Mothers of fallen servicemembers travel to Iraq
October 7, 2010
- Nine mothers of fallen servicemembers traveled to Iraq with the Gold Star Mothers Organization
- Mothers traveled to Iraq to see what their child was fighting for and to see the outcome of a war that claimed their child's life
<b>SULAYMANIA, Iraq</b> - The Gold Star Mothers Organization was created to provide emotional support to U.S. women who have lost a son or daughter in the line of duty. Nine of these Gold Star Mothers traveled to the Sulaymania Arts Center for a three-day conference, beginning Sept. 26. For these mothers, it was a chance to see what their child was fighting for and to see the outcome of a war that claimed their child's life.
The conference began with speeches from the First Lady of Iraq, Hero Talabani; the Iraqi Martyrs Office; and Task Force Marne Deputy Commanding General-Support, Brig. Gen. Tom Vandal.
"It's an honor to participate in today's events to recognize the sacrifices made by the Gold Star Mothers and to thank them for the sacrifices of their loved ones," said. Brig. Gen. Vandal. "As revered members of our military community, your love and devotion to the Families of the armed services gives all of us strength and confidence knowing that you stand with us honoring those who have made the ultimate sacrifice."
Among those attending the conference were Iraqi women who had lost loved ones in the line of duty while working to make their country a better place.
"Regardless of differences in culture, we can all agree on the importance of Family and the sense of belonging to something bigger than ourselves," said Brig. Gen. Vandal. "It is obvious as we see the fruits of their sacrifices that Iraq is on its way toward improved security and economic development. Those men and women who died for a noble cause in Iraq, would be proud of what we see today in the Iraqi Kurdistan Region and Sulaymania."
First Lady Talabani also spoke of her gratitude for U.S. and Iraqi Forces working together to change the lives of her people.
"Your sons came and liberated Iraq," she said to the U.S. mothers. "They managed to take down dictators of destruction. We are honored to meet you here today, and we will never forget what your kids, your sons and your daughters did for us. Terrorist could never stop the progress of our nation and with the help of the U.S. we've rid Iraq of Saddam forever."
A documentary film was played to show the Gold Star Mothers what their sons and daughters liberated the Iraqi people from. It was an emotional event, where mothers connected with each other regardless of which country they were from.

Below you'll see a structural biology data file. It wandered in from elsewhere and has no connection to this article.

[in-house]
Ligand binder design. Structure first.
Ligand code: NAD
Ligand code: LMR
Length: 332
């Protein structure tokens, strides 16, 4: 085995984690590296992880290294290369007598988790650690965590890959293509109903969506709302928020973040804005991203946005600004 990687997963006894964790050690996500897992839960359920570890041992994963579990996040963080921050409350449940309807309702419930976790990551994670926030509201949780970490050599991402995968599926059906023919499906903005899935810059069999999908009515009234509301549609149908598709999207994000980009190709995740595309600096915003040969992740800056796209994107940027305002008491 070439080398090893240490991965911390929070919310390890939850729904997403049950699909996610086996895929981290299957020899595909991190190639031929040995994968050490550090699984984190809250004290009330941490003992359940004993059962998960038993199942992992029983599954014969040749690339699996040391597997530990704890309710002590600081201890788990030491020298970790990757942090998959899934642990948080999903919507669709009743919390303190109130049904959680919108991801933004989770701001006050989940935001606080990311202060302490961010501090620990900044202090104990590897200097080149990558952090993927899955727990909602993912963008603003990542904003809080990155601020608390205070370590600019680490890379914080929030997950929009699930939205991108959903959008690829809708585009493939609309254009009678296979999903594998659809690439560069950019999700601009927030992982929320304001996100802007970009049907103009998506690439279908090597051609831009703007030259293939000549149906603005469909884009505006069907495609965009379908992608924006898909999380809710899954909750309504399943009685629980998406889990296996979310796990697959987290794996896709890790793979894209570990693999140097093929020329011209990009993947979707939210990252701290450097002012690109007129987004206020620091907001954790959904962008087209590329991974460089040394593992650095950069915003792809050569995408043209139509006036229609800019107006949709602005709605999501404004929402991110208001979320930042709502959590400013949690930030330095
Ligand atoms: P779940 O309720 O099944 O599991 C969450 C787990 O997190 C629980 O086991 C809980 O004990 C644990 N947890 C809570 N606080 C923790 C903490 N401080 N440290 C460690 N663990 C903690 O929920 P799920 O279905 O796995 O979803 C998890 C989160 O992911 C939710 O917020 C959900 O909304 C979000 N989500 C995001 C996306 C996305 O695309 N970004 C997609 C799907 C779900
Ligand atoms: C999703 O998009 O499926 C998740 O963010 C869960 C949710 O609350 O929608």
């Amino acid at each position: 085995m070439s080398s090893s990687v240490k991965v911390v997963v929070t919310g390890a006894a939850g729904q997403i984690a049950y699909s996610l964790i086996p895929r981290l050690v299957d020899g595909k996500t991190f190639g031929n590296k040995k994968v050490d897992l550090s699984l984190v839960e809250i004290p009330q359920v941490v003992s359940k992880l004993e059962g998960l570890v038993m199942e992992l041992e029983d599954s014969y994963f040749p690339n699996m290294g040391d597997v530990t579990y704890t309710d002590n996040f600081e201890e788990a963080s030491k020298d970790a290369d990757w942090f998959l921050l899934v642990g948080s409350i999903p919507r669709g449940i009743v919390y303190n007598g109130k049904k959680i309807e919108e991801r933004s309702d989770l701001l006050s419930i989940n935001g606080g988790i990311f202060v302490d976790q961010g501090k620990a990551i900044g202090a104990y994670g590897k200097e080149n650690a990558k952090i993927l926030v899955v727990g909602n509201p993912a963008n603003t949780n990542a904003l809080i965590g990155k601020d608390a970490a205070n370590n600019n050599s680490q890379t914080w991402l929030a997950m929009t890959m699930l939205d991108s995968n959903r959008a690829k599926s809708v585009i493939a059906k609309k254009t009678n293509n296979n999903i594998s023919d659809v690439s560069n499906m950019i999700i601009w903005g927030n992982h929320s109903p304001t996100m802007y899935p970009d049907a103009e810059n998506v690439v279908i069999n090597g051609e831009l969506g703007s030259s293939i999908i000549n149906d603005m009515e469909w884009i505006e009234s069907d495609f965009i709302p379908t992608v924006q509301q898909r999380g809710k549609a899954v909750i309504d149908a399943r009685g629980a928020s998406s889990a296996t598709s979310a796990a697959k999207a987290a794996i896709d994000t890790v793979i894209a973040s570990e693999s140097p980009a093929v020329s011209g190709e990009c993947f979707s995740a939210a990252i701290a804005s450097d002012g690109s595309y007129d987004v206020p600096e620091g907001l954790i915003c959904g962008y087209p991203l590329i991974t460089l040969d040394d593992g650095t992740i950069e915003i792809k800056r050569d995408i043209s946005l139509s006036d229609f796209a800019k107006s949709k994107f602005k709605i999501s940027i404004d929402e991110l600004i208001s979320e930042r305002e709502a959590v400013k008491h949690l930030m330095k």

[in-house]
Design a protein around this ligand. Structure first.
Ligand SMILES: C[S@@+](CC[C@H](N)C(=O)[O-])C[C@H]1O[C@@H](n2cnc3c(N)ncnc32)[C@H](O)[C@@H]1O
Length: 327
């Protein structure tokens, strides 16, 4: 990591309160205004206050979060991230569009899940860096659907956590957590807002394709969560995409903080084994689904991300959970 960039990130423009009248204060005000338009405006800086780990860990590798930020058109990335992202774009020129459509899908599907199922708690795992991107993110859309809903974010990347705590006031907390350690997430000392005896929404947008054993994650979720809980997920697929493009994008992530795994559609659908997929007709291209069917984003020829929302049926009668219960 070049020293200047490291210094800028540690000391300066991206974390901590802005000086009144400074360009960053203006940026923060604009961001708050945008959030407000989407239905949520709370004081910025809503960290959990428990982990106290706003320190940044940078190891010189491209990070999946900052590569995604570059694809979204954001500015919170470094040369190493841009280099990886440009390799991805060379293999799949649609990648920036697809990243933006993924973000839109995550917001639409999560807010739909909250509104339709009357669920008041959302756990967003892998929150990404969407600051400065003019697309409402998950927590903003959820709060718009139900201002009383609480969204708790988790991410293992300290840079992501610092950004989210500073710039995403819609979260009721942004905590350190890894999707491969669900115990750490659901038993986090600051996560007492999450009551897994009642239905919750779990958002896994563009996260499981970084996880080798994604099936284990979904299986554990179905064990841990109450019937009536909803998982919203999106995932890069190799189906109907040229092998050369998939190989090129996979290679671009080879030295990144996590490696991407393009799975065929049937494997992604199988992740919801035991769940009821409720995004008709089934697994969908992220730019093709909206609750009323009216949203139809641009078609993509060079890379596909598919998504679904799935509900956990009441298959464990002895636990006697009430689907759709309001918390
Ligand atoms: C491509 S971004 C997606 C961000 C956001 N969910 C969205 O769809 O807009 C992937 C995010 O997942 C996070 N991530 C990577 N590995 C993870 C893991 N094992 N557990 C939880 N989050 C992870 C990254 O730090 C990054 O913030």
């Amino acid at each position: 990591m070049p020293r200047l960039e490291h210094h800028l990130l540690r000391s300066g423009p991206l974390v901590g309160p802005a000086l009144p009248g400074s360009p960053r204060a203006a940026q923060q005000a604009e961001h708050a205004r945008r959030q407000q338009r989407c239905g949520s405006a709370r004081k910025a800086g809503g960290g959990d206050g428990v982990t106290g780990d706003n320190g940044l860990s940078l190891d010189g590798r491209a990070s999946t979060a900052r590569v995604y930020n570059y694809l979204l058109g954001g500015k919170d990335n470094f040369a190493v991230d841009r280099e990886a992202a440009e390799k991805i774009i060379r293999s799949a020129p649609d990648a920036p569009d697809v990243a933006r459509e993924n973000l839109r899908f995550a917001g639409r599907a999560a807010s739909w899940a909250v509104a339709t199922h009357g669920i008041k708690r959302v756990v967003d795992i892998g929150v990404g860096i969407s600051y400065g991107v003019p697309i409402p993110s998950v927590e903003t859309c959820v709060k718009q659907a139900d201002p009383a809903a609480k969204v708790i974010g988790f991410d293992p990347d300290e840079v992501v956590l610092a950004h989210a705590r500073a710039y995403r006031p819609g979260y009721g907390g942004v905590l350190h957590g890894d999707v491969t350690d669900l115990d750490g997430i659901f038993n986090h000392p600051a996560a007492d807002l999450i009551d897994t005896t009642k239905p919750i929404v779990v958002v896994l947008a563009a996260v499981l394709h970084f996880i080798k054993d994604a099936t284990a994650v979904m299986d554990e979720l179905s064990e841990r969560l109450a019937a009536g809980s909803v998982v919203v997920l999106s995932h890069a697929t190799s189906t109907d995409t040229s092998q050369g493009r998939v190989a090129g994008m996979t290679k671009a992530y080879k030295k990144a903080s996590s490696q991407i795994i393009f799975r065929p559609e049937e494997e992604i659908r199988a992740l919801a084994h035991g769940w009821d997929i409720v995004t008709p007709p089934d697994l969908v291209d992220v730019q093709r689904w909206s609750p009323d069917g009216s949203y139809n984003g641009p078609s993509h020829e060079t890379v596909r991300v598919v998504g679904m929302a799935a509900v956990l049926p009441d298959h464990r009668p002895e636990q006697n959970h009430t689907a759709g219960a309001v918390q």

"We stand for Families united for universal respect. We are sowing the seeds of friendship, and we feel as though we have much in common," said Joan Betros on behalf of the Gold Star Mothers. Joan Betros is the co-founder of FUTURE - Families United Toward Universal Respect - and helped to organize the conference.
The Gold Star Mothers met with Iraqi Martyrs to share their stories of pride and loss, mingling before the event.
Emily Shields of Columbia, S.C., the mother of 1st Lt. Andrew C. Shields, who was killed in an apache helicopter accident near the city of Mosul, Iraq, in 2004, attended the event.
"My child did what he could to help the people of this country, and now I feel like I have the chance to do the same by coming here and connecting with others who have been through what I have," she said. "We've been treated very nicely and welcomed so kindly by the Iraqi Martyrs and everyone else involved in this event."
Hugs were a big gesture and given out in abundance at the conference as part of the program Hugs for Healing.
"We don't get a chance to hug the uniform very much anymore now that our children are gone, so it's nice not only to be over here, but to see Soldiers again," said Shields who embraced Capt. Susan Downing, Command Post - North Engagements officer.
The bond between the Iraqi Martyrs and Gold Star Mothers was evident and the opportunity to meet each other was appreciated on both sides.
Along with camaraderie the Gold Star Mothers brought humanitarian aid supplies such as baby blankets and bottles with them for those who were in need.